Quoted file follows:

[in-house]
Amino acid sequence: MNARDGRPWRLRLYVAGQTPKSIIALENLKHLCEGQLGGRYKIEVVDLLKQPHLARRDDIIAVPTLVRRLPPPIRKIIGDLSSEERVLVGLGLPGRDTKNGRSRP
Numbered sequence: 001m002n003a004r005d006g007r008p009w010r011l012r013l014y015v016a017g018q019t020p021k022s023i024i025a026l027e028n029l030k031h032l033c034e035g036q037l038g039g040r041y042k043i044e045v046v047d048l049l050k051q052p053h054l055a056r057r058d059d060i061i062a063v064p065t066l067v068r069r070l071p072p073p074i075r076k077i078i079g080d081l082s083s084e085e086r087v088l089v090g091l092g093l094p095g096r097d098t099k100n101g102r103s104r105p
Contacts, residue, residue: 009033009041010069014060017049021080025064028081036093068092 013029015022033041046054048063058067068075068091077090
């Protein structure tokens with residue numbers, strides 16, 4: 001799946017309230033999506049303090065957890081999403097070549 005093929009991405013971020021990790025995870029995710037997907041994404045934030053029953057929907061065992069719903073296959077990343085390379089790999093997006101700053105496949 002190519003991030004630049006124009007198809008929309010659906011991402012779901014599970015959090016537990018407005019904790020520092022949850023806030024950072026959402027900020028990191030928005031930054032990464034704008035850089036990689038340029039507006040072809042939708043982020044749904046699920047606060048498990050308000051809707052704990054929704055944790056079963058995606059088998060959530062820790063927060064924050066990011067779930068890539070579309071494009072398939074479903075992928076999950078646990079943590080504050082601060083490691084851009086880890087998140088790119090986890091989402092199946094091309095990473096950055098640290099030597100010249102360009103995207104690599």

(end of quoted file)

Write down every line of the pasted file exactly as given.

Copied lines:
[in-house]
Amino acid sequence: MNARDGRPWRLRLYVAGQTPKSIIALENLKHLCEGQLGGRYKIEVVDLLKQPHLARRDDIIAVPTLVRRLPPPIRKIIGDLSSEERVLVGLGLPGRDTKNGRSRP
Numbered sequence: 001m002n003a004r005d006g007r008p009w010r011l012r013l014y015v016a017g018q019t020p021k022s023i024i025a026l027e028n029l030k031h032l033c034e035g036q037l038g039g040r041y042k043i044e045v046v047d048l049l050k051q052p053h054l055a056r057r058d059d060i061i062a063v064p065t066l067v068r069r070l071p072p073p074i075r076k077i078i079g080d081l082s083s084e085e086r087v088l089v090g091l092g093l094p095g096r097d098t099k100n101g102r103s104r105p
Contacts, residue, residue: 009033009041010069014060017049021080025064028081036093068092 013029015022033041046054048063058067068075068091077090
């Protein structure tokens with residue numbers, strides 16, 4: 001799946017309230033999506049303090065957890081999403097070549 005093929009991405013971020021990790025995870029995710037997907041994404045934030053029953057929907061065992069719903073296959077990343085390379089790999093997006101700053105496949 002190519003991030004630049006124009007198809008929309010659906011991402012779901014599970015959090016537990018407005019904790020520092022949850023806030024950072026959402027900020028990191030928005031930054032990464034704008035850089036990689038340029039507006040072809042939708043982020044749904046699920047606060048498990050308000051809707052704990054929704055944790056079963058995606059088998060959530062820790063927060064924050066990011067779930068890539070579309071494009072398939074479903075992928076999950078646990079943590080504050082601060083490691084851009086880890087998140088790119090986890091989402092199946094091309095990473096950055098640290099030597100010249102360009103995207104690599």